This is my group link:
http://www.risfcaf.com/cxtd/ShowArticle.asp?Articl...

Selected publications related to the project that my group published:

  1. Selection and Validation of Reference Genes for Quantitative Real-Time PCR in Hyperaccumulating Ecotype of Sedum alfredii under Different Heavy Metals Stress. PLoS One, 2013, DOI: 10.1371/journal.pone.0082927.
  2. Integration of Small RNAs, Degradome and Transcriptome Sequencing in Hyperaccumulator Sedum alfredii Uncovers a Complex Regulatory Network and Provides Insights into Cadmium Phytoremediation. Plant Biotechnology Journal, 2016, doi: 10.1111/pbi.12512.

Additional Information

We are the winning proposal for the 2016 “Explore Your Most Interesting Genome” SMRT Grant program. We thank Pacific Biosciences, Sage Science, Computomics, and RTL genomics for co-sponsoring this opportunity! Our project will be sequenced by RTL genomics with BluePippin size-selection SMRTbell libraries to acquire high-quality reference genomes. Computomics will be providing the genome assembly and bioinformatics analysis. Thank you to all our supporters for helping to champion this project.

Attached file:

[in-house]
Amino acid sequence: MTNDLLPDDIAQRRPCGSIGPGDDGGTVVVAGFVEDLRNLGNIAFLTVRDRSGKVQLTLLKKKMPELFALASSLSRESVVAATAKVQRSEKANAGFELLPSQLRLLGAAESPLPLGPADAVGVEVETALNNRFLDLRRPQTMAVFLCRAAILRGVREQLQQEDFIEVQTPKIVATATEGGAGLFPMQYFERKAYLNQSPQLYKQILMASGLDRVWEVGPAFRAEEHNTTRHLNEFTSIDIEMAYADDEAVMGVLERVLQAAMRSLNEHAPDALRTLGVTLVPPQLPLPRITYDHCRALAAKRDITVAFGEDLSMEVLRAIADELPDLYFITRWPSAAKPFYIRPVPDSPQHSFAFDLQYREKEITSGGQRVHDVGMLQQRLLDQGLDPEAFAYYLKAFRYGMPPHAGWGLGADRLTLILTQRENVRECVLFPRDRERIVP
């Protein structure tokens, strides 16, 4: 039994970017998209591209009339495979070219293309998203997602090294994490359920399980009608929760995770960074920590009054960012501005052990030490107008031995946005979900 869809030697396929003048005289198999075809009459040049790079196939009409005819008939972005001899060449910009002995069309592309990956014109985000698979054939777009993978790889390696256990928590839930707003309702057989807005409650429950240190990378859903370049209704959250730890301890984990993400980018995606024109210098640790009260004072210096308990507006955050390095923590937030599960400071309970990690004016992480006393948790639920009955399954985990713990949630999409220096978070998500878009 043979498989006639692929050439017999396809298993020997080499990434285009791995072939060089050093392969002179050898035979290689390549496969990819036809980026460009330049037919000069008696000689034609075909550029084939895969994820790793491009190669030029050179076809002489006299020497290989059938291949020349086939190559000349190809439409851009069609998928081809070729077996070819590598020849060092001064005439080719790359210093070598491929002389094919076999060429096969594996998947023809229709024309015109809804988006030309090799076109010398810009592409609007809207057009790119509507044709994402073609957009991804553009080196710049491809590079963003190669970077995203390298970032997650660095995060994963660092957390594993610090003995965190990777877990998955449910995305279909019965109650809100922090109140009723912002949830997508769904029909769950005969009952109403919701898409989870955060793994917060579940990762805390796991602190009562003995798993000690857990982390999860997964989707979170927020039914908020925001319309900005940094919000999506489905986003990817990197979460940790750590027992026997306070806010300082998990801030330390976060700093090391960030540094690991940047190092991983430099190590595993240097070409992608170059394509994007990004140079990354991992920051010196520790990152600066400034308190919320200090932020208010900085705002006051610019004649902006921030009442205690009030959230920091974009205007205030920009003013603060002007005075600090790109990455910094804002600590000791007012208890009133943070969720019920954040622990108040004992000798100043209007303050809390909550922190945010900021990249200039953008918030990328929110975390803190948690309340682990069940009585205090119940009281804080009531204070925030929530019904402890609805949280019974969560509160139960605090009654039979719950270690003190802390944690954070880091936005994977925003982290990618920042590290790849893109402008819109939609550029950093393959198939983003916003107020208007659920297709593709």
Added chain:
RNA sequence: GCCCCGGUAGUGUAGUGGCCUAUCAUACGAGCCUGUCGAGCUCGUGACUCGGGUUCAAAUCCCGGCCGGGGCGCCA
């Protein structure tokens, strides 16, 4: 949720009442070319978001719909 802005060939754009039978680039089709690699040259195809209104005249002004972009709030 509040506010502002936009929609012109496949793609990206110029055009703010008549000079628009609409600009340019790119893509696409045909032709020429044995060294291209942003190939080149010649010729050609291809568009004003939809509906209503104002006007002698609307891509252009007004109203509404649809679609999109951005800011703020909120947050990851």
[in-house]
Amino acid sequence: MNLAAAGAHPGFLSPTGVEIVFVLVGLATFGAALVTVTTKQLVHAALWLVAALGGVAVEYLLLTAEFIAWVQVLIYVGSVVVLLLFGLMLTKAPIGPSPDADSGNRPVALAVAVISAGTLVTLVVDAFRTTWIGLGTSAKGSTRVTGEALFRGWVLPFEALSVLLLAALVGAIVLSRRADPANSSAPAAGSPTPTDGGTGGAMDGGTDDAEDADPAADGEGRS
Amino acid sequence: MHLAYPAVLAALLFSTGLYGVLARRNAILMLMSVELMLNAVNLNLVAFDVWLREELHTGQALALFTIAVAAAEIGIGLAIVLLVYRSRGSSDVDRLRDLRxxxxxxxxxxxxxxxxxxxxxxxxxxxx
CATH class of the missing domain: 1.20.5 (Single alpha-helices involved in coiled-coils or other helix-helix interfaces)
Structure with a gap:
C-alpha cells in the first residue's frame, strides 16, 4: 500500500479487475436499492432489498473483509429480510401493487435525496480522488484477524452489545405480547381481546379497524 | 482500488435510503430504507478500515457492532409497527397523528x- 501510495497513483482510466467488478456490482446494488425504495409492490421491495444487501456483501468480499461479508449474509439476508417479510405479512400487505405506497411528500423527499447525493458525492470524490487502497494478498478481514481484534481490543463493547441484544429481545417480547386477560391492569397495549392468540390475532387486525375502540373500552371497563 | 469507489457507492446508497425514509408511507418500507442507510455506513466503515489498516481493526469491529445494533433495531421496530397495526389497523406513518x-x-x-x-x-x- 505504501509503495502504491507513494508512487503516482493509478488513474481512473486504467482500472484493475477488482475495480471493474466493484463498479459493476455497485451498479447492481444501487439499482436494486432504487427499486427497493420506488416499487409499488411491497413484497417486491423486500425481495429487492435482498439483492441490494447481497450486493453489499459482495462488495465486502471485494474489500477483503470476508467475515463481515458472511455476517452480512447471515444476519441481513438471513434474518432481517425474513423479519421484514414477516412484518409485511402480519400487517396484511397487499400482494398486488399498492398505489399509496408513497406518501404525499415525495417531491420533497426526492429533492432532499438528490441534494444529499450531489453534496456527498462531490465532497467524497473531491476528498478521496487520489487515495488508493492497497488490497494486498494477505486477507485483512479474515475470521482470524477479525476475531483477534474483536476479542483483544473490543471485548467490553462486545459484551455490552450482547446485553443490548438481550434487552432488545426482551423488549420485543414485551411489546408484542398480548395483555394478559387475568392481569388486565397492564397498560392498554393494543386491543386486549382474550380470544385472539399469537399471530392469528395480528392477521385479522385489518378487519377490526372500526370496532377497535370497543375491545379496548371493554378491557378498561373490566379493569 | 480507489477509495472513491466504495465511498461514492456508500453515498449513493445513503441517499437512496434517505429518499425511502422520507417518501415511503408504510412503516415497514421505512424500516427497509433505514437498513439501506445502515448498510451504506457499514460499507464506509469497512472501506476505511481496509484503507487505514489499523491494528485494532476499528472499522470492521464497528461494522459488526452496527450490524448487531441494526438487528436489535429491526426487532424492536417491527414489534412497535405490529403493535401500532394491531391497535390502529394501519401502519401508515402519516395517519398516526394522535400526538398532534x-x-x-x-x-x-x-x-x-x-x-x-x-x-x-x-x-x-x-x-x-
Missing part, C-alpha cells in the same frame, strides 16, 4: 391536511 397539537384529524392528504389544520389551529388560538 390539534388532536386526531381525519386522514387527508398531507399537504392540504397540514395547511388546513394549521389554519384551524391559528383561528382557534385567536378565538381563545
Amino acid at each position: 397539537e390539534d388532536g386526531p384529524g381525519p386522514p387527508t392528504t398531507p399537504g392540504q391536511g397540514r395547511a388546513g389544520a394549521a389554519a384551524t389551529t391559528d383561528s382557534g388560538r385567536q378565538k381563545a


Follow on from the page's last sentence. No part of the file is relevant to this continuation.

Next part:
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  • 100%Funded
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  • $2.50Average Donation